L1 As A Mutagen

The fact that Li retrotransposition is ongoing in the human genome was realized in i988, when it was discovered that two unrelated patients afflicted with Hemophilia A acquired independent Li retrotransposition events into exon i4 of the Factor VIIIgene (89). Extensive characterization of one of these mutations showed that it was not present in either parent and arose by a de novo retrotransposition event either in the maternal germline or soon after fertilization. Since that time, deleterious Li insertions in the germ lines of both human and mouse have resulted in a variety of genetic disorders (12). In humans, the majority of Li insertions characterized have led to X-linked recessive diseases (Table 2). Although subject to ascertainment biases, it is estimated that deleterious Li insertions are responsible for approx i in i000 disease-producing mutations in man (90), and that approx i/i0 to i/i00 male germ cells may harbor de novo retrotransposition events (91,92).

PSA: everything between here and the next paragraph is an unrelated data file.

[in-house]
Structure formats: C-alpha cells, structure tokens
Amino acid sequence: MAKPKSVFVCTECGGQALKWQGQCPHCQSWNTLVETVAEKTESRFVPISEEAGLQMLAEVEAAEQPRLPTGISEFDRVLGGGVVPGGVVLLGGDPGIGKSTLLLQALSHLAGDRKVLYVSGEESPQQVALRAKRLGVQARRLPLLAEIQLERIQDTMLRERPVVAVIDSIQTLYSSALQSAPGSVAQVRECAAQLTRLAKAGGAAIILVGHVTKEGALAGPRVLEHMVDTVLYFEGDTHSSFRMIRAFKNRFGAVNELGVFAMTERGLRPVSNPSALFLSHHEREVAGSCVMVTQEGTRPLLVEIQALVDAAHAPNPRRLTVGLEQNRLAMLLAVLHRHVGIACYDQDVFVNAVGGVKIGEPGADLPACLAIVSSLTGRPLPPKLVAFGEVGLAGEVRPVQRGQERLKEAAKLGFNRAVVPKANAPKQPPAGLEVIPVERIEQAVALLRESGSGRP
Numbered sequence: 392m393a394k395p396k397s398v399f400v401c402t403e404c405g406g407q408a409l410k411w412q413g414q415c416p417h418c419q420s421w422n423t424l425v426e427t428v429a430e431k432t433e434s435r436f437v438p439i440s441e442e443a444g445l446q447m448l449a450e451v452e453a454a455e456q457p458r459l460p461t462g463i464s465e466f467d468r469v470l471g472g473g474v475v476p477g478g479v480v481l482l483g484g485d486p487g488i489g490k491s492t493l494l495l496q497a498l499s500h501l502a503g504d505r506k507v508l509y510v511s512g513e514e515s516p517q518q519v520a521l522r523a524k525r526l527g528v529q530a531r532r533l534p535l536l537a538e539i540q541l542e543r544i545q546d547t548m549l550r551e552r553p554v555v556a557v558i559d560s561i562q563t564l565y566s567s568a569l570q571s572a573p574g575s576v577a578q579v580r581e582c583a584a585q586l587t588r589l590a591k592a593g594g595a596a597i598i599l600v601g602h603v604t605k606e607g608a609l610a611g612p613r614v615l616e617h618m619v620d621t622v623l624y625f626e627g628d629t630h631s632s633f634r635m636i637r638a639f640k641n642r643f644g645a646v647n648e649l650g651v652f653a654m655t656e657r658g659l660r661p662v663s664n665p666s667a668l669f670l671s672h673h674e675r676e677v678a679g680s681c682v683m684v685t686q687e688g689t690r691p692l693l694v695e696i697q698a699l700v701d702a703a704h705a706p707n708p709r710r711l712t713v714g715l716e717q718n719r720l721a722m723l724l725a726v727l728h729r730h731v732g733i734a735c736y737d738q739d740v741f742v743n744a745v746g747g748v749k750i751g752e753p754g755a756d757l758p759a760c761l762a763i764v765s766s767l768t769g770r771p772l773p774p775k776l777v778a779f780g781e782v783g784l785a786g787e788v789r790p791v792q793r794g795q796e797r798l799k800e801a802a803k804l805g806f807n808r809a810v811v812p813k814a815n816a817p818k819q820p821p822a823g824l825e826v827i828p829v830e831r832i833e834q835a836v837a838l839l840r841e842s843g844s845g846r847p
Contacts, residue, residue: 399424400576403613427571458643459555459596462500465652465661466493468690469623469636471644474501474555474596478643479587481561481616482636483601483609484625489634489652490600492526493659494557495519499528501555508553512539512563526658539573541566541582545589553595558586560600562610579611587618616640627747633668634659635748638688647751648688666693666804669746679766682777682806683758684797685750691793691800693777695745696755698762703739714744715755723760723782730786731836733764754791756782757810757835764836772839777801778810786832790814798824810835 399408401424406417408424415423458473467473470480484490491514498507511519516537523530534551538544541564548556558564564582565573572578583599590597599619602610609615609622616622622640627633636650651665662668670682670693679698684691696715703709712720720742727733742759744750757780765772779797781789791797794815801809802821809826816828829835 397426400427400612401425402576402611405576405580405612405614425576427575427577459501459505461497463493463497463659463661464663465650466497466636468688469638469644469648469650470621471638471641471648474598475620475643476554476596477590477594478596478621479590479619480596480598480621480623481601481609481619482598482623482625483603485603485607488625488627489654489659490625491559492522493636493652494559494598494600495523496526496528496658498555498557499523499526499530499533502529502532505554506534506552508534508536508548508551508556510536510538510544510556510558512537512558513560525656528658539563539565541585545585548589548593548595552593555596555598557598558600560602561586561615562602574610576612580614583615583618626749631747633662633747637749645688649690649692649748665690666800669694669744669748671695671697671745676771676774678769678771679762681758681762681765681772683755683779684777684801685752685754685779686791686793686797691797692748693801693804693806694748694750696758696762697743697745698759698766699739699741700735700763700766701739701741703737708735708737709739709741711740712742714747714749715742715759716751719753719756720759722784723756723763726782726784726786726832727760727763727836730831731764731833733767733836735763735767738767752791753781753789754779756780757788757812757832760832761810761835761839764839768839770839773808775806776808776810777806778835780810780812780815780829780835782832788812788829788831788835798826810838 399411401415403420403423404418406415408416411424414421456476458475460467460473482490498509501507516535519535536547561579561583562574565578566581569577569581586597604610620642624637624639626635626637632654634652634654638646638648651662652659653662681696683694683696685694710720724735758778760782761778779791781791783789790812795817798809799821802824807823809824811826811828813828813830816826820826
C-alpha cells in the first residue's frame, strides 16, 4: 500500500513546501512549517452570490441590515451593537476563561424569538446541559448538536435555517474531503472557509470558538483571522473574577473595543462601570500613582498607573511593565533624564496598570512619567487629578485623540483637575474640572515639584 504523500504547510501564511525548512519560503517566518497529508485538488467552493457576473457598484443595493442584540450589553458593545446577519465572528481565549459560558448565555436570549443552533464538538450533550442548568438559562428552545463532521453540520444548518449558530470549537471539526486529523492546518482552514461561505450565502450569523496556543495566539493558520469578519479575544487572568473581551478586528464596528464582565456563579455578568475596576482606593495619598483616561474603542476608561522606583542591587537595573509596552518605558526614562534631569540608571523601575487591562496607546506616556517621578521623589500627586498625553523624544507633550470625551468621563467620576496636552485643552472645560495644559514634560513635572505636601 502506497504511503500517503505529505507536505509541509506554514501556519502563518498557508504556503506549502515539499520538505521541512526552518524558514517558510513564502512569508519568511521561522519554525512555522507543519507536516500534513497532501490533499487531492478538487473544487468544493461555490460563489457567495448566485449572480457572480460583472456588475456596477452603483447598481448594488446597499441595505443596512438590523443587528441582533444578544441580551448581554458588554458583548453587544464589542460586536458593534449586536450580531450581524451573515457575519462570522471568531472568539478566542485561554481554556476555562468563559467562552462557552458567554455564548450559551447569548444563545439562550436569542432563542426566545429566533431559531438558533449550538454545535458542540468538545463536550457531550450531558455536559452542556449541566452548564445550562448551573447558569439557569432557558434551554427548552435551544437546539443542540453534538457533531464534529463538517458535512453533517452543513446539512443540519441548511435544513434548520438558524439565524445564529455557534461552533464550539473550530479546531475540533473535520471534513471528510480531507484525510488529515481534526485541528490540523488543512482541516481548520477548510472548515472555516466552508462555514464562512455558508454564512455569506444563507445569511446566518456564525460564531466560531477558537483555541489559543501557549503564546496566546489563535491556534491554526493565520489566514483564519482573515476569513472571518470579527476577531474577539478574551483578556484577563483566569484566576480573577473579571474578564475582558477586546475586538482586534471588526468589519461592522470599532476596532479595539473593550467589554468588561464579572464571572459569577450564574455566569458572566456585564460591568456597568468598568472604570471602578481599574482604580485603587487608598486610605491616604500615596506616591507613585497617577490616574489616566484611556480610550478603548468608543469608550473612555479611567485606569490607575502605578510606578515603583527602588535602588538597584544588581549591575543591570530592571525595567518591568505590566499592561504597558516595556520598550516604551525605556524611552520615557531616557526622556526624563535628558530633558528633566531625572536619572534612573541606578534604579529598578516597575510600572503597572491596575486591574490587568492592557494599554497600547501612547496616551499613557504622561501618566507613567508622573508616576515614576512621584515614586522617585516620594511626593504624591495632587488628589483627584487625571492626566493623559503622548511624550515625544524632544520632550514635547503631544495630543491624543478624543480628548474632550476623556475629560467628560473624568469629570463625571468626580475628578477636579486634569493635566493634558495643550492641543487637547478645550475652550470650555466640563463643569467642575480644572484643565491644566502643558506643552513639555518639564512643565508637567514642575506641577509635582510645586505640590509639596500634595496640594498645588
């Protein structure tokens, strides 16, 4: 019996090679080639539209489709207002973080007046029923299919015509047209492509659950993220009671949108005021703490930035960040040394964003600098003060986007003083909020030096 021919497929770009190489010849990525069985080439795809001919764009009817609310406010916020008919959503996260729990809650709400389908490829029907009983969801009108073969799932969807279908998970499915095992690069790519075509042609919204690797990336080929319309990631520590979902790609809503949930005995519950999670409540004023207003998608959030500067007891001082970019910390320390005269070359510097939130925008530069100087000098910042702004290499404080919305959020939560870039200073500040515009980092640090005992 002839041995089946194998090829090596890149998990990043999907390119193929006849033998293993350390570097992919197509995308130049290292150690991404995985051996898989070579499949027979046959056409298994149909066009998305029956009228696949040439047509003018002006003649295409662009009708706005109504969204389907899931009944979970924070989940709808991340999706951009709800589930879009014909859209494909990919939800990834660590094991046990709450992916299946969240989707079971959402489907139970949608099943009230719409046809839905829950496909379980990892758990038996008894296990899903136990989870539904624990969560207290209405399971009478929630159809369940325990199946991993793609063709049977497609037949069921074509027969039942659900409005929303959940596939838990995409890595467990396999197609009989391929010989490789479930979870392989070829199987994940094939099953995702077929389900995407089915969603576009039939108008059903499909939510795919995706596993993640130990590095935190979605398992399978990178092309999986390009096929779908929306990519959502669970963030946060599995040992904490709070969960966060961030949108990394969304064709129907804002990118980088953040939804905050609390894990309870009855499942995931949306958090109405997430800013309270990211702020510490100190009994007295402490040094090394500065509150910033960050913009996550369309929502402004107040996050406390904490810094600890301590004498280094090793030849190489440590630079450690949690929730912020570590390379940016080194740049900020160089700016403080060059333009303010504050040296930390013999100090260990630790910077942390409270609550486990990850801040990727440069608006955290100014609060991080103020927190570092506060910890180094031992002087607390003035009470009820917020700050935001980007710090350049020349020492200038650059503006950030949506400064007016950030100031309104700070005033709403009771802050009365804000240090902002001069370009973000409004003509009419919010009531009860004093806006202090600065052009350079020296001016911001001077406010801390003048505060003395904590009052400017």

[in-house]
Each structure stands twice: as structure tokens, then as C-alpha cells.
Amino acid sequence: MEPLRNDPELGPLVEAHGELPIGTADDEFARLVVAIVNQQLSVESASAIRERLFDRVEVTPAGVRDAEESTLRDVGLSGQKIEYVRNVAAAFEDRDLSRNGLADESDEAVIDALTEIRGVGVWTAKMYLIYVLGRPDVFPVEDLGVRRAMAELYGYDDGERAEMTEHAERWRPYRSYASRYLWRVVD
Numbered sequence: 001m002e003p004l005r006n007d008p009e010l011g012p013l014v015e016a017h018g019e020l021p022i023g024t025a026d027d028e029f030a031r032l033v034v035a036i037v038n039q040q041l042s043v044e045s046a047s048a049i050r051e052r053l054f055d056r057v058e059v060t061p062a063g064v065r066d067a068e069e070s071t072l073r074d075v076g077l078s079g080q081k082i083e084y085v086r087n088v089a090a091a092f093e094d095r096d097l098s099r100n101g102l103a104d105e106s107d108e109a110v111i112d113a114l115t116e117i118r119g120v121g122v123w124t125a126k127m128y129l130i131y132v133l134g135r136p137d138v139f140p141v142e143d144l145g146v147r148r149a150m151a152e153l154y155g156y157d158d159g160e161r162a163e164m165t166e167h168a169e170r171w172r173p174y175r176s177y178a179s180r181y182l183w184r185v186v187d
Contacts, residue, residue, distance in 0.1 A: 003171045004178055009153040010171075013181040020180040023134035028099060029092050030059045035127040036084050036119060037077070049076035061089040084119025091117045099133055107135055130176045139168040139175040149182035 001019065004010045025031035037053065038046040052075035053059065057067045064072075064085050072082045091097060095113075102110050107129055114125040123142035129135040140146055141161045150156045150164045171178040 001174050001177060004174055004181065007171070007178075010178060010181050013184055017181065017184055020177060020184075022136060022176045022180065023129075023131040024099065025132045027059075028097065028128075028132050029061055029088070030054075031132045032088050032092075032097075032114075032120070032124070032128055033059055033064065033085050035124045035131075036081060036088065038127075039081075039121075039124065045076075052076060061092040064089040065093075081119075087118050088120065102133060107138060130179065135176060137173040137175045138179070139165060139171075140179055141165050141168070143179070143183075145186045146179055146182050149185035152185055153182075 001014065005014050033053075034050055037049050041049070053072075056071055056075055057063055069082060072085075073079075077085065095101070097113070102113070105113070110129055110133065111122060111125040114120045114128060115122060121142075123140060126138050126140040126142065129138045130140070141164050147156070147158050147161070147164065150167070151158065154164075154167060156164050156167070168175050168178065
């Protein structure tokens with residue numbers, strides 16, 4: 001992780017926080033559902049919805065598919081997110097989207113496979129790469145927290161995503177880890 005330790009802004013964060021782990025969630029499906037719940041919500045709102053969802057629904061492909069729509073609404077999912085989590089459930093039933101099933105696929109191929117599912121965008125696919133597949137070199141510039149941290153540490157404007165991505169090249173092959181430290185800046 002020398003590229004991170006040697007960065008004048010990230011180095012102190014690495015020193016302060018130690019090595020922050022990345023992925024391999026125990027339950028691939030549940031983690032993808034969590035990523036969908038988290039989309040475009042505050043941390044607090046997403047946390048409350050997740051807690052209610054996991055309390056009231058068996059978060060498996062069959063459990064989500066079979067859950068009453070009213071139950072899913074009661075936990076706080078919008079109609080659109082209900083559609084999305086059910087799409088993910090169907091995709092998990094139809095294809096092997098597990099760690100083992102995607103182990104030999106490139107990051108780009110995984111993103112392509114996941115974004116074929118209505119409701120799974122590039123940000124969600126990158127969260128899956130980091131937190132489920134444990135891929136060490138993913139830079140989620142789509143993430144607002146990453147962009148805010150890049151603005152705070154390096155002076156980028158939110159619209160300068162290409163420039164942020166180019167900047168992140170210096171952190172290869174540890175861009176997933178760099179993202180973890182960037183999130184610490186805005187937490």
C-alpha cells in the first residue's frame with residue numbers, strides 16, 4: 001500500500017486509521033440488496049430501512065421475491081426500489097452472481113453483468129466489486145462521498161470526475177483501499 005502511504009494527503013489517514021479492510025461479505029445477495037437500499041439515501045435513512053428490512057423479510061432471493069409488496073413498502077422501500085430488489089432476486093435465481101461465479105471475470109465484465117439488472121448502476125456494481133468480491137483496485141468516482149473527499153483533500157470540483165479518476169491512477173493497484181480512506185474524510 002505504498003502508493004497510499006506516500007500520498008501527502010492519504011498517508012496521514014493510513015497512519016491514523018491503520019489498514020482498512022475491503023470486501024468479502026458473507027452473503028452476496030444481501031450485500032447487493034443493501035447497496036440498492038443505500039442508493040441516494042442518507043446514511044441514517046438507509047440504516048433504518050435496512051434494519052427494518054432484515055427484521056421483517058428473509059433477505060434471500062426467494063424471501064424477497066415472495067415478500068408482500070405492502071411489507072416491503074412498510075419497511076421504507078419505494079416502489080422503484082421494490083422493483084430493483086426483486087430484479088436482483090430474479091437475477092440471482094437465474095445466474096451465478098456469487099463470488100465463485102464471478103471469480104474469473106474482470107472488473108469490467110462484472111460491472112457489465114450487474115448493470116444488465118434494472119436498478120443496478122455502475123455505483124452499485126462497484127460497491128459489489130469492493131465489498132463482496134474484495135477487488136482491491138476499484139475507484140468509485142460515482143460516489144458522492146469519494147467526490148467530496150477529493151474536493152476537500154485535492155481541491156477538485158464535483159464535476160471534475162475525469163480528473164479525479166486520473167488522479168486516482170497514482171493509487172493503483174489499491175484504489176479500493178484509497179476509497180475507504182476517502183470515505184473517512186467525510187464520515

Somatic Li retrotransposition events also have the potential to cause disease (Table 2). In one instance, an Li insertion into the adenomatous polyposis coli (APC) tumor suppressor gene was implicated in colon cancer because the mutagenic insertion was present only in the tumor and not the surrounding constitutional tissue (93). Moreover, hypomethylation of the Li promoter, an increase in the level of Li transcription and elevated levels of ORFip have been detected in a variety of tumor types, suggesting that retrotransposition may play a role in tumorigenesis and/or tumor progression (94-98).

Li insertions can alter gene expression by disrupting exons, by inducing mis-splicing or premature polyadenylation of primary transcripts, and by altering the transcriptional profile of a gene because of the potent anti-sense promoter located within the Li 5' UTR (see Fig. 4) (12,56,57,99). In addition, it is proposed that Li insertions in the same transcriptional orientation as genes may act as RNA polymerase II transcriptional pause sites that can attenuate gene expression by serving as "molecular rheostats" (100). However, although intriguing, the "molecular rheostat" hypothesis awaits rigorous experimental proof.

Table 2

Disease-Producing L1 Insertions in the Human Genome

Disrupted Insertion L1-mediated

Disease gene size Ta subset transduction

Table 2

Disease-Producing L1 Insertions in the Human Genome

Disrupted Insertion L1-mediated

Disease gene size Ta subset transduction

Hemopilia A

Factor VIII

3.8 kb

Yes

No

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